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Olfactomedin-like protein OLFML1 inhibits Hippo signaling and mineralization in osteoblasts
- Murakami, Kohei, Kikugawa, Shingo, Kobayashi, Yasuhiro, Uehara, Shunsuke, Suzuki, Takako, Kato, Hiroyuki, Udagawa, Nobuyuki, Nakamura, Yukio
- Biochemical and biophysical research communications 2018 v.505 no.2 pp. 419-425
- abnormal development, bones, cytoplasm, environmental factors, gain-of-function mutation, genes, mice, mineralization, missense mutation, osteoblasts, pathogenesis, patients, scoliosis, signal transduction, tissue distribution, transcription (genetics)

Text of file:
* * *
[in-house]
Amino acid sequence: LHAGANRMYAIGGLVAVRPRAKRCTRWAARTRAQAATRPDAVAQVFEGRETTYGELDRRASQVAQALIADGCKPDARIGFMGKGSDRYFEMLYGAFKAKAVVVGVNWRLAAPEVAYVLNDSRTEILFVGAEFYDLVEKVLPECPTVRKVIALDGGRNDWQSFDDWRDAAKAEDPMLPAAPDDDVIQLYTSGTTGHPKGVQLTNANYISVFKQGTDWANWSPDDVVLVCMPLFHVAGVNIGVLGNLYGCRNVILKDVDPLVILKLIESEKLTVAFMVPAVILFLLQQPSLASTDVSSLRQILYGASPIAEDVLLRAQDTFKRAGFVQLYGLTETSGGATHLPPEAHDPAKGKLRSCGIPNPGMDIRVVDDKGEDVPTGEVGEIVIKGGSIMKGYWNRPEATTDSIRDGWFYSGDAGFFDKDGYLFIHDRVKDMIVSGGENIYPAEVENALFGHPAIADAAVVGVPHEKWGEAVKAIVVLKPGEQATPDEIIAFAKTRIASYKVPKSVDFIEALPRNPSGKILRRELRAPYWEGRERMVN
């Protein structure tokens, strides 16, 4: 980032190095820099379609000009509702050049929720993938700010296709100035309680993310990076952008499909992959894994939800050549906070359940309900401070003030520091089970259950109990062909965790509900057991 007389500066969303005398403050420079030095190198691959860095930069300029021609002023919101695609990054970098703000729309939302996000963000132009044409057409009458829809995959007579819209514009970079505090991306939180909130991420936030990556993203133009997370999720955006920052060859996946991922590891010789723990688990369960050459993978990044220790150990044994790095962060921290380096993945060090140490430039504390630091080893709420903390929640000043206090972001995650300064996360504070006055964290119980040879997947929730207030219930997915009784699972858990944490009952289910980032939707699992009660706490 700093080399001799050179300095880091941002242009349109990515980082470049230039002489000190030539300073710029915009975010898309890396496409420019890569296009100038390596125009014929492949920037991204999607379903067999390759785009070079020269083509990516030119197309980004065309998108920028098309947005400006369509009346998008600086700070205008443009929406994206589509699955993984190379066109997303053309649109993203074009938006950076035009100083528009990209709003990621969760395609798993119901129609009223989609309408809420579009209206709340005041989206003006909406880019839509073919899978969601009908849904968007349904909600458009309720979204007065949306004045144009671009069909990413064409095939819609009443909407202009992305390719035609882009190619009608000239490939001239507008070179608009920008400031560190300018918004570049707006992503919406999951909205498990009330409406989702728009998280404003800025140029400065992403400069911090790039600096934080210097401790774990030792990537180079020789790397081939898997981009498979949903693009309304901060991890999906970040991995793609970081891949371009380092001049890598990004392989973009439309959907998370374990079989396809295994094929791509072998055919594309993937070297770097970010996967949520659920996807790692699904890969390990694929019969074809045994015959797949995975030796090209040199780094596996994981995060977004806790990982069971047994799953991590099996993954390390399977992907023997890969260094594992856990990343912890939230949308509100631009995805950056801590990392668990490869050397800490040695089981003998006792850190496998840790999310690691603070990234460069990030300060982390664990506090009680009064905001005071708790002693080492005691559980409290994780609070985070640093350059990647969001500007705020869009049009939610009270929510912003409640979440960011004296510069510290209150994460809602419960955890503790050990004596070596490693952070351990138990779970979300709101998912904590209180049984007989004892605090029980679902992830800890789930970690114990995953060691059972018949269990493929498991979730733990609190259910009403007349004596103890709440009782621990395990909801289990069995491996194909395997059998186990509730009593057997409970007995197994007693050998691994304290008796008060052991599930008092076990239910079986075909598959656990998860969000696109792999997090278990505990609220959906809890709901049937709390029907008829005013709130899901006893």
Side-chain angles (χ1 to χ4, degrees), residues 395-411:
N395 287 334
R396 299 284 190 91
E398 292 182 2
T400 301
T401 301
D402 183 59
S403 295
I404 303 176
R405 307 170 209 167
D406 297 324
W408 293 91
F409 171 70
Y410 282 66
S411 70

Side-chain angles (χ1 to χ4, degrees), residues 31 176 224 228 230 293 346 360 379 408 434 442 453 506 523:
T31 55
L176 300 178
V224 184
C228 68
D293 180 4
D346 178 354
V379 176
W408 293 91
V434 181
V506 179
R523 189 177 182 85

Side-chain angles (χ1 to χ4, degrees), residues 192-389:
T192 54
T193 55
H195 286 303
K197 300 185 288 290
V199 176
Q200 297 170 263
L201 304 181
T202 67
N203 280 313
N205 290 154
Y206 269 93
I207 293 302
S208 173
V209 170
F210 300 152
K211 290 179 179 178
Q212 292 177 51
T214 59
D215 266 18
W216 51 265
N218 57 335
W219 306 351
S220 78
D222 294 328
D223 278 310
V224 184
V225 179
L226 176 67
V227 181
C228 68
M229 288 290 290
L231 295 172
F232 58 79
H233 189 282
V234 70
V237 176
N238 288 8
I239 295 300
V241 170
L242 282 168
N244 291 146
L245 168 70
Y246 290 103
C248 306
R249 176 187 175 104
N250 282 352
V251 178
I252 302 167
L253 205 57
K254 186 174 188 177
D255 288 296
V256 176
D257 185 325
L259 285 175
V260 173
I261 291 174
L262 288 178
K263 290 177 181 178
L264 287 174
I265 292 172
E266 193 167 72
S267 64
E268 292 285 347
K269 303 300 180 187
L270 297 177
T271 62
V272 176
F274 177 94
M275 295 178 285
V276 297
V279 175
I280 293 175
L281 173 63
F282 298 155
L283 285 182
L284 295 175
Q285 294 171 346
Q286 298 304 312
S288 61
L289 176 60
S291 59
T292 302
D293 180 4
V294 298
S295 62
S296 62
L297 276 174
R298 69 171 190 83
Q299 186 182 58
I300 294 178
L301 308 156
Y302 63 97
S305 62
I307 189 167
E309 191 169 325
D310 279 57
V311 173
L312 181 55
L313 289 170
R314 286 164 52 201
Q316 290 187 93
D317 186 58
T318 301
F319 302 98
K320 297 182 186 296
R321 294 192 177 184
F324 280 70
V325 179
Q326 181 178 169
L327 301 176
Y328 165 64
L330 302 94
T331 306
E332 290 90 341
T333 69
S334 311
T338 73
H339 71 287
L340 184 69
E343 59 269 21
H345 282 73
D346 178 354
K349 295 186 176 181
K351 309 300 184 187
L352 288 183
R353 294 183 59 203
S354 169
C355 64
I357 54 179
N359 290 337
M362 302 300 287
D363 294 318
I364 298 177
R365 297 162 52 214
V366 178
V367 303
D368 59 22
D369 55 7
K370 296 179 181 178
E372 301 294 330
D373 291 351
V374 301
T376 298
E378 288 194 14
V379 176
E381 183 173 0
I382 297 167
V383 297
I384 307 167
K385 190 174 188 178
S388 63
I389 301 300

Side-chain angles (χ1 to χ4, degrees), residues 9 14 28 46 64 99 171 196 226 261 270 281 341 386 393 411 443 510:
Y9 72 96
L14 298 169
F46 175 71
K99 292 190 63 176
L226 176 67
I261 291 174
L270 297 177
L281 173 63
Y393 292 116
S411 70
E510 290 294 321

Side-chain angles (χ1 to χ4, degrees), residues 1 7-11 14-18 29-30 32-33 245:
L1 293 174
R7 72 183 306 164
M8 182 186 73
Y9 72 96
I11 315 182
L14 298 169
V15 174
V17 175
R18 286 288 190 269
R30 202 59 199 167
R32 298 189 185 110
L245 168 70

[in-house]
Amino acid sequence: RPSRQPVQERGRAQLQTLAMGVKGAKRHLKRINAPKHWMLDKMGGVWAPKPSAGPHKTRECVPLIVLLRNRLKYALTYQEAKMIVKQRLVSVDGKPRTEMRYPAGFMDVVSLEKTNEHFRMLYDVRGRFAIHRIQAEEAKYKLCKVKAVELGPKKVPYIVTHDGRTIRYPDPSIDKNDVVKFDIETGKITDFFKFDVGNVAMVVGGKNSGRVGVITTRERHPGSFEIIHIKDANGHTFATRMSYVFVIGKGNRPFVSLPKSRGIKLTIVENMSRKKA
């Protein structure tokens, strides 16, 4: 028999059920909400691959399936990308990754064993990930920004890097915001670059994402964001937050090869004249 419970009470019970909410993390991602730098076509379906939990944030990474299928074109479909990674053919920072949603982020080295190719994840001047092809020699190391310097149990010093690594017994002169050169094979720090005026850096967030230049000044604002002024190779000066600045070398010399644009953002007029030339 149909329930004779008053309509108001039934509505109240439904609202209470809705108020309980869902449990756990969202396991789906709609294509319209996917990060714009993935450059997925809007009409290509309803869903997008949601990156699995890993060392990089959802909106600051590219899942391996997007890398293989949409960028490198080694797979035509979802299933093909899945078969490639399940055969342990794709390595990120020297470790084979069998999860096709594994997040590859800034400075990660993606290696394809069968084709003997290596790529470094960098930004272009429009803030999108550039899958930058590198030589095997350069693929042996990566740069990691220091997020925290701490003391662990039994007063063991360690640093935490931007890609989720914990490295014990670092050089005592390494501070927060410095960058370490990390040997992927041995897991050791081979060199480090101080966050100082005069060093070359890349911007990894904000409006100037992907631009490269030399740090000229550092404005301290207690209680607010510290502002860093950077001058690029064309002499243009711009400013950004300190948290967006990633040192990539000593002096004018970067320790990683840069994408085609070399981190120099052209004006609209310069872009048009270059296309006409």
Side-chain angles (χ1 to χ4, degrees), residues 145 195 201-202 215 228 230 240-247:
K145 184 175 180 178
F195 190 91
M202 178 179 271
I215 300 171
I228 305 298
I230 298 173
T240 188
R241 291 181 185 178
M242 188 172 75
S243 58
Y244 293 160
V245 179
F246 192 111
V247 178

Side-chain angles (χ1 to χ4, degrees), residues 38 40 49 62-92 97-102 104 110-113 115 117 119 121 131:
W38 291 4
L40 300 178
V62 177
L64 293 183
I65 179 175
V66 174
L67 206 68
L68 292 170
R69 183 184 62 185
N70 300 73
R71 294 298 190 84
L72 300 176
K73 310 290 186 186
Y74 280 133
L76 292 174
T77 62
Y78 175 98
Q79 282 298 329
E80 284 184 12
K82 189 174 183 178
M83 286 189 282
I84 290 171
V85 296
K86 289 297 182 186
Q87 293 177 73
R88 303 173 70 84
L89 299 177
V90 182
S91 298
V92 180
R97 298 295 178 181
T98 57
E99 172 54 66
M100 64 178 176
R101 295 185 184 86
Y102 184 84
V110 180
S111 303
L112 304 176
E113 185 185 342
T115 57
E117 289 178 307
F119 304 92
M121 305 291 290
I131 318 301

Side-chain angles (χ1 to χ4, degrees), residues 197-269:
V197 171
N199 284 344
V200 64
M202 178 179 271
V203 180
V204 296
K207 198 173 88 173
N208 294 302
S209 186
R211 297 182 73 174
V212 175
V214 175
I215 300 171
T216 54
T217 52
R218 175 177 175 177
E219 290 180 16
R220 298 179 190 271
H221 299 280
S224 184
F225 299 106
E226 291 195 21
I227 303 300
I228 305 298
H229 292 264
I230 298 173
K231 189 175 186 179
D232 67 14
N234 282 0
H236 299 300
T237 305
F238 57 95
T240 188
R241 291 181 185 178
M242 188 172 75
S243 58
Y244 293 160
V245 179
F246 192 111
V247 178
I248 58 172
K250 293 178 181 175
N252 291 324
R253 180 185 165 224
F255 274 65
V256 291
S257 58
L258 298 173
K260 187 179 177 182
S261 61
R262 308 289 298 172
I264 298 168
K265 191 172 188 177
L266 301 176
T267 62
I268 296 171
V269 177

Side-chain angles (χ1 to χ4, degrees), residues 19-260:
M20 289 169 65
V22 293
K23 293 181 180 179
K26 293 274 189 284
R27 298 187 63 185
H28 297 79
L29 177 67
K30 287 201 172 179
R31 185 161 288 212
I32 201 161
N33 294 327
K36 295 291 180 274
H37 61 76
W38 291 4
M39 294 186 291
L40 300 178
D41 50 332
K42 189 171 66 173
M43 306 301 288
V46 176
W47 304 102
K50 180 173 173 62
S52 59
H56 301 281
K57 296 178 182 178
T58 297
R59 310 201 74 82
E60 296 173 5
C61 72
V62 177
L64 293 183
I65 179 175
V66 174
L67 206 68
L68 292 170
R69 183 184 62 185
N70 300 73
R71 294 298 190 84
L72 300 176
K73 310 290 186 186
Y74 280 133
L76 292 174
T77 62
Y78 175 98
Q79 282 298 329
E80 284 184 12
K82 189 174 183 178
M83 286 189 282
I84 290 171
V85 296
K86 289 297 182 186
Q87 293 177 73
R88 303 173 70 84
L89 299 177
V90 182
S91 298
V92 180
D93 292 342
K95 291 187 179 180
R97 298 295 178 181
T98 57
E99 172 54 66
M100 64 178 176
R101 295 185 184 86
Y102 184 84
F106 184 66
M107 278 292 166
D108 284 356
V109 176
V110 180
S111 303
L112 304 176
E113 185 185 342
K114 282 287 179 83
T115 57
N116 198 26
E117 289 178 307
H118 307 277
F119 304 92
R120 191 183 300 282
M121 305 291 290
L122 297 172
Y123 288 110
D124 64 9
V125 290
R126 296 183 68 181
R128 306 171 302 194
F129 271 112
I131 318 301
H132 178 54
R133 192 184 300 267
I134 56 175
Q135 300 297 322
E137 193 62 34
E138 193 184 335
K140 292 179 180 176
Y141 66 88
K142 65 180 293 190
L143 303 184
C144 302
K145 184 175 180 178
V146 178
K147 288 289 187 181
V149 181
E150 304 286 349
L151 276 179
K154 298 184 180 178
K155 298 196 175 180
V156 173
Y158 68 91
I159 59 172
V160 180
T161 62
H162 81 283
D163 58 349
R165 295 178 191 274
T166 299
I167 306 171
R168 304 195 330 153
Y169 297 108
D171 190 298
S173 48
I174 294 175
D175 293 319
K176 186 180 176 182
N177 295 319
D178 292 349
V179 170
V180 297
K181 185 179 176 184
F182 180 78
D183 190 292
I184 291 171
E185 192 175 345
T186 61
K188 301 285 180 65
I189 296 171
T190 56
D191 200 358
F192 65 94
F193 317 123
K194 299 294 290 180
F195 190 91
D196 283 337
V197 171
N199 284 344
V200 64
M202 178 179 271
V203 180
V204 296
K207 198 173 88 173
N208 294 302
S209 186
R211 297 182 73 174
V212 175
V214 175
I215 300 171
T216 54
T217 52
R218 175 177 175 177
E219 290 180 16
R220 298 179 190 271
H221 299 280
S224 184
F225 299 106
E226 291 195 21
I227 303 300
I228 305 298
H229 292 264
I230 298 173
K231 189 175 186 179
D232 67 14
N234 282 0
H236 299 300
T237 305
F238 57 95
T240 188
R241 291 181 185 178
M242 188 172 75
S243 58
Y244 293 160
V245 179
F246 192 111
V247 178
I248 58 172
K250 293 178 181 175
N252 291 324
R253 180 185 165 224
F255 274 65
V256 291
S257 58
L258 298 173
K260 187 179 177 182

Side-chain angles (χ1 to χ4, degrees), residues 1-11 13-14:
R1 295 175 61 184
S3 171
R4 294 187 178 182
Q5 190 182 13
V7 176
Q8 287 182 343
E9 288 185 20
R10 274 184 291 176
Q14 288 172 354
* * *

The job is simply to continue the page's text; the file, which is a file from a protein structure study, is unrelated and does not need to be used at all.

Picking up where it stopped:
- Congenital scoliosis is a lateral curvature of the spine that is due to the presence of vertebral anomalies. Although genetic and environmental factors are involved in the pathogenesis of congenital scoliosis, the specific cause of only a small number of individuals has been identified to date. We identified a de novo missense mutation in the olfactomedin-like 1 (OLFML1) gene by whole-exome sequencing of a patient with congenital scoliosis. Then, we carried out further functional investigation in mice. An assessment of the tissue distribution of Olfml1 revealed it to be prominently expressed in developing skeletal tissues, specifically osteoblasts. Short hairpin RNA-mediated knockdown of Olfml1 in osteoblasts induced the translocation of Yes-associated protein (YAP) transcriptional coactivator from the cytoplasm to the nucleus, which accelerated the Hippo signaling pathway to promote osteoblast mineralization. In contrast, experimentally induced gain of function of Olfml1 retained YAP in the cytoplasm. There appears to exist a novel cell-autonomous mechanism by which osteoblasts avoid excess mineralization through Olfml1. Our results also indicate that mutation of OLFML1 leads to impaired osteoblast differentiation and abnormal development of bone tissue.